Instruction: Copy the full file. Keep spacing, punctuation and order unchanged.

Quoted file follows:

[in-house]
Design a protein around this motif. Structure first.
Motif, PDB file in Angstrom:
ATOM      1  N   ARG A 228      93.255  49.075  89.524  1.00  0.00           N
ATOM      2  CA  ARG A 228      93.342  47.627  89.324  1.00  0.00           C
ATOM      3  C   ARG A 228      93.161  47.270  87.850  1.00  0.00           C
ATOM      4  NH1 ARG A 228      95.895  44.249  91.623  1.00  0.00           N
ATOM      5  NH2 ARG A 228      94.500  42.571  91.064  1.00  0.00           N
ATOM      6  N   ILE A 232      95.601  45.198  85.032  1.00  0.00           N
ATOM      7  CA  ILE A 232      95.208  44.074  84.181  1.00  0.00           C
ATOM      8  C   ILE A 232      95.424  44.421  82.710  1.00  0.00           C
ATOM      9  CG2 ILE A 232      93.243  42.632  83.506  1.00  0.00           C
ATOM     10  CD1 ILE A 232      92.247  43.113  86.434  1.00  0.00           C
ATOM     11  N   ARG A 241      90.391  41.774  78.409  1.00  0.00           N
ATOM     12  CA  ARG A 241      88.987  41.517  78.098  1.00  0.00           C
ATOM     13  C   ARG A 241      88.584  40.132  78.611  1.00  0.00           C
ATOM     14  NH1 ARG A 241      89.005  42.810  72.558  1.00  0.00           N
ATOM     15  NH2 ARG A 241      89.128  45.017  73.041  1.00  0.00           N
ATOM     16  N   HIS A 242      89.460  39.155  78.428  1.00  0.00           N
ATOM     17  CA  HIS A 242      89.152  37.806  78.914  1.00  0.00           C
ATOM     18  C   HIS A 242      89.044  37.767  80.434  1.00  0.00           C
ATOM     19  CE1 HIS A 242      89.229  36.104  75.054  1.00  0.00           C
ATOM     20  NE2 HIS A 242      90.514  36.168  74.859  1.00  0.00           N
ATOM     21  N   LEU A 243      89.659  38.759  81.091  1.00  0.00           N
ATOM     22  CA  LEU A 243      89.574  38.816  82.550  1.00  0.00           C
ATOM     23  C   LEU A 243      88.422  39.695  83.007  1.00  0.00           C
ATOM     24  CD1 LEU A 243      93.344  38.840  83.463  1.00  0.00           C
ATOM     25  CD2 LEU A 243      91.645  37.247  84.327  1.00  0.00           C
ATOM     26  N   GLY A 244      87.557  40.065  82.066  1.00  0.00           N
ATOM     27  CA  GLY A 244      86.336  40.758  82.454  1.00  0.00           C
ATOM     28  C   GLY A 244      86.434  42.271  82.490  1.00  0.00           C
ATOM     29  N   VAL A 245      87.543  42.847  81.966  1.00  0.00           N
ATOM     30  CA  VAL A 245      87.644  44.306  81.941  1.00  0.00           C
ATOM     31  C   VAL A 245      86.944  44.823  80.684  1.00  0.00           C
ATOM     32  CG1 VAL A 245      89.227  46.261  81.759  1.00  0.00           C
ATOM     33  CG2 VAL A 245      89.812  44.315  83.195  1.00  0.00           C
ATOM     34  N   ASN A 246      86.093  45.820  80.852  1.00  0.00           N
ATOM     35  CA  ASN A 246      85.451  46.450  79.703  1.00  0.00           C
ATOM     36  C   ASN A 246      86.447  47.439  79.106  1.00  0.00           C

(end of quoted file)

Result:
[in-house]
Design a protein around this motif. Structure first.
Motif, PDB file in Angstrom:
ATOM      1  N   ARG A 228      93.255  49.075  89.524  1.00  0.00           N
ATOM      2  CA  ARG A 228      93.342  47.627  89.324  1.00  0.00           C
ATOM      3  C   ARG A 228      93.161  47.270  87.850  1.00  0.00           C
ATOM      4  NH1 ARG A 228      95.895  44.249  91.623  1.00  0.00           N
ATOM      5  NH2 ARG A 228      94.500  42.571  91.064  1.00  0.00           N
ATOM      6  N   ILE A 232      95.601  45.198  85.032  1.00  0.00           N
ATOM      7  CA  ILE A 232      95.208  44.074  84.181  1.00  0.00           C
ATOM      8  C   ILE A 232      95.424  44.421  82.710  1.00  0.00           C
ATOM      9  CG2 ILE A 232      93.243  42.632  83.506  1.00  0.00           C
ATOM     10  CD1 ILE A 232      92.247  43.113  86.434  1.00  0.00           C
ATOM     11  N   ARG A 241      90.391  41.774  78.409  1.00  0.00           N
ATOM     12  CA  ARG A 241      88.987  41.517  78.098  1.00  0.00           C
ATOM     13  C   ARG A 241      88.584  40.132  78.611  1.00  0.00           C
ATOM     14  NH1 ARG A 241      89.005  42.810  72.558  1.00  0.00           N
ATOM     15  NH2 ARG A 241      89.128  45.017  73.041  1.00  0.00           N
ATOM     16  N   HIS A 242      89.460  39.155  78.428  1.00  0.00           N
ATOM     17  CA  HIS A 242      89.152  37.806  78.914  1.00  0.00           C
ATOM     18  C   HIS A 242      89.044  37.767  80.434  1.00  0.00           C
ATOM     19  CE1 HIS A 242      89.229  36.104  75.054  1.00  0.00           C
ATOM     20  NE2 HIS A 242      90.514  36.168  74.859  1.00  0.00           N
ATOM     21  N   LEU A 243      89.659  38.759  81.091  1.00  0.00           N
ATOM     22  CA  LEU A 243      89.574  38.816  82.550  1.00  0.00           C
ATOM     23  C   LEU A 243      88.422  39.695  83.007  1.00  0.00           C
ATOM     24  CD1 LEU A 243      93.344  38.840  83.463  1.00  0.00           C
ATOM     25  CD2 LEU A 243      91.645  37.247  84.327  1.00  0.00           C
ATOM     26  N   GLY A 244      87.557  40.065  82.066  1.00  0.00           N
ATOM     27  CA  GLY A 244      86.336  40.758  82.454  1.00  0.00           C
ATOM     28  C   GLY A 244      86.434  42.271  82.490  1.00  0.00           C
ATOM     29  N   VAL A 245      87.543  42.847  81.966  1.00  0.00           N
ATOM     30  CA  VAL A 245      87.644  44.306  81.941  1.00  0.00           C
ATOM     31  C   VAL A 245      86.944  44.823  80.684  1.00  0.00           C
ATOM     32  CG1 VAL A 245      89.227  46.261  81.759  1.00  0.00           C
ATOM     33  CG2 VAL A 245      89.812  44.315  83.195  1.00  0.00           C
ATOM     34  N   ASN A 246      86.093  45.820  80.852  1.00  0.00           N
ATOM     35  CA  ASN A 246      85.451  46.450  79.703  1.00  0.00           C
ATOM     36  C   ASN A 246      86.447  47.439  79.106  1.00  0.00           C